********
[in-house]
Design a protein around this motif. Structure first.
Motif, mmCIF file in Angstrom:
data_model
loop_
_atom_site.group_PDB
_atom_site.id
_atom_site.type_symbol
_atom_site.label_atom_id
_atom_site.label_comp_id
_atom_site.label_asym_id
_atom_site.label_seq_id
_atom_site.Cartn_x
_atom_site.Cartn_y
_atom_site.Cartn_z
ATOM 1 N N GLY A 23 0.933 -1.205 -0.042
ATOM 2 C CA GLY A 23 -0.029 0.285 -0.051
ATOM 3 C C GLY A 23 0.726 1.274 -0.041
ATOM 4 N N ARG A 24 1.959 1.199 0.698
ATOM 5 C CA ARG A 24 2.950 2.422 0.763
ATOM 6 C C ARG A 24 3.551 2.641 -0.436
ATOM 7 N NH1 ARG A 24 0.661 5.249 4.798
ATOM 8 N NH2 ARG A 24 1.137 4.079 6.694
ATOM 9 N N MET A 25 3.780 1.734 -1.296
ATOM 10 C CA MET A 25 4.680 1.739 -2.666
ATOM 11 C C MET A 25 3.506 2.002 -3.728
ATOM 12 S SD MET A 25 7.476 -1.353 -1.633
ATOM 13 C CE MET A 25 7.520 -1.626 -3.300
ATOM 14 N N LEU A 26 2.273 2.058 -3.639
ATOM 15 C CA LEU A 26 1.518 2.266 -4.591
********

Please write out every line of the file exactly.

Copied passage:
[in-house]
Design a protein around this motif. Structure first.
Motif, mmCIF file in Angstrom:
data_model
loop_
_atom_site.group_PDB
_atom_site.id
_atom_site.type_symbol
_atom_site.label_atom_id
_atom_site.label_comp_id
_atom_site.label_asym_id
_atom_site.label_seq_id
_atom_site.Cartn_x
_atom_site.Cartn_y
_atom_site.Cartn_z
ATOM 1 N N GLY A 23 0.933 -1.205 -0.042
ATOM 2 C CA GLY A 23 -0.029 0.285 -0.051
ATOM 3 C C GLY A 23 0.726 1.274 -0.041
ATOM 4 N N ARG A 24 1.959 1.199 0.698
ATOM 5 C CA ARG A 24 2.950 2.422 0.763
ATOM 6 C C ARG A 24 3.551 2.641 -0.436
ATOM 7 N NH1 ARG A 24 0.661 5.249 4.798
ATOM 8 N NH2 ARG A 24 1.137 4.079 6.694
ATOM 9 N N MET A 25 3.780 1.734 -1.296
ATOM 10 C CA MET A 25 4.680 1.739 -2.666
ATOM 11 C C MET A 25 3.506 2.002 -3.728
ATOM 12 S SD MET A 25 7.476 -1.353 -1.633
ATOM 13 C CE MET A 25 7.520 -1.626 -3.300
ATOM 14 N N LEU A 26 2.273 2.058 -3.639
ATOM 15 C CA LEU A 26 1.518 2.266 -4.591